St Swithin is situated at the far western end of the village. In days long gone plague decimated the village and houses were pulled down and burned. The village was re-built on a "clean" site away from the church, leaving it isolated. The area around the church appears to have had a torrid history. Houses were re-built again close to the church but a huge fire in 1701 destroyed the houses surrounding the church.
Today, St Swithin stands isolated in a peaceful and picturesque backroad. The church wall to the east side is a mass of plants and with the late season daffodils still in bloom this was a glorious setting.
There was a church mentioned here in the Domesday Survey of 1086, although the earliest part of the present structure dates from the late 13th century. The church was largely re-built in the 14th century, and much restoration was completed here in the late 19th century.
Four bells hang in the tower. The oldest is Elizabethan, dating from the 16th century, and was made by a Leicester foundry. Two bells are dated 1612, with both being made by Tobias Norris I, of the Stamford bellfoundry. It is thought that the fourth bell might also be from the Stamford bellfoundry, but this is unconfirmed.
There are a few delightfully crudely carved heads to be seen here, and gargoyles surround the tower, but these are of not particularly high quality to be honest.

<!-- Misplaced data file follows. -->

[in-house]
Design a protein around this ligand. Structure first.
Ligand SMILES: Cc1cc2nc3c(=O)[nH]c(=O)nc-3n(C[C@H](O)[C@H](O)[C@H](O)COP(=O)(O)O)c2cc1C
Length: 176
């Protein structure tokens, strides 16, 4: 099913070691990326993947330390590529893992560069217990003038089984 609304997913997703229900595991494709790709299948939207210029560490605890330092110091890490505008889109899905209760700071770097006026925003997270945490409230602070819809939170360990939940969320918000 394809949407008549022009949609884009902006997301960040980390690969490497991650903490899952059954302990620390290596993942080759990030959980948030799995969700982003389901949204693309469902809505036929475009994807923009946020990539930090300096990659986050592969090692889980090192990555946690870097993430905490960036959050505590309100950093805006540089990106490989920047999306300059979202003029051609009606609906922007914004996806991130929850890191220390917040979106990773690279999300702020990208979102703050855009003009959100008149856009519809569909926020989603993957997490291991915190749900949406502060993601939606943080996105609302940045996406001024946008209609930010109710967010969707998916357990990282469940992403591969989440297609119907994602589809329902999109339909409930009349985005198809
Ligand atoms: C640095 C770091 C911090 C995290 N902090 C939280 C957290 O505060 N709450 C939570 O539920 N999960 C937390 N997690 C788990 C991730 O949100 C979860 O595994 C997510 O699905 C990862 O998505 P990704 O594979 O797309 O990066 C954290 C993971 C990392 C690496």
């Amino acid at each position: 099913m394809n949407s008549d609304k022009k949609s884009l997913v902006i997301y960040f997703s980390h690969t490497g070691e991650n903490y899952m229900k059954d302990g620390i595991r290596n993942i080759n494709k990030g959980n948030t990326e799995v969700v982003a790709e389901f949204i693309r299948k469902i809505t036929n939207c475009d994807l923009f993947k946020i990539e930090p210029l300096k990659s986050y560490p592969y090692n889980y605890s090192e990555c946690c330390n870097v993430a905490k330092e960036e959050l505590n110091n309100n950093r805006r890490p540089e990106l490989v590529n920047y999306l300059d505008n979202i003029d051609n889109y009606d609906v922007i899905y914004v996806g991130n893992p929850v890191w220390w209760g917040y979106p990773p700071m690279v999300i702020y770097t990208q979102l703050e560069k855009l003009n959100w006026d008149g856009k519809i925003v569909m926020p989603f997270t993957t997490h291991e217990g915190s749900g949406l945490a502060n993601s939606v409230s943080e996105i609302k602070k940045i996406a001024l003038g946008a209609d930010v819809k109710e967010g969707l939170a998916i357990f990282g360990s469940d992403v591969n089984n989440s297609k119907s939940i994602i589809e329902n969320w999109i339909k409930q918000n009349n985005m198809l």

Inside there are two coffin lids, one at each side of the chancel, each dating from around 1300. Someone has carved the dates 1637 and 1638 in to these.
Medieval wall paintings can be seen on the south wall. There are three fragments here, and they are fascinating. One of these shows a bishop being enthroned by two others. Another shows part of a wheel of fortune with the third showing a representation of the beheading of John The Baptist. On the east windows of the south aisle there is painting of St Margaret standing under a canopy and standing on a dragon. Nearby St Katherine is pictured with wheel. All these paintings were uncovered in 1895, when it was found that all the walls were covered with paintings, in some places, three deep. Sadly, the top two layers could not be saved on only the bottom layer of paintings remain.
The church grounds here are very well maintained, and it is interesting to see a very small section given over to four war graves, Royal Canadian Air Force military personnel who were killed in action in 1942. Whilst I was looking around the church grounds a very large and very friendly black dog came bounding over with a stick and an impromptu gave of fetch was started, with the dog managing to catch the stick in mid air. Impressive!
The dog's owner came over and we had a chat. I mentioned to him that my next stop was to be Leighton Bromswold. He mentioned that the church at Leighton was a lot bigger...well, yes that may be so, but I enjoyed my stay at Old Weston much more. Visited nine churches that day, and St Swithin at Old Weston was my favourite. This is partly why I set this site up. The chance to visit some places that I would never otherwise have ever visited. A beautiful little village, and a lovely church. Well wirth a visit if you are in the area.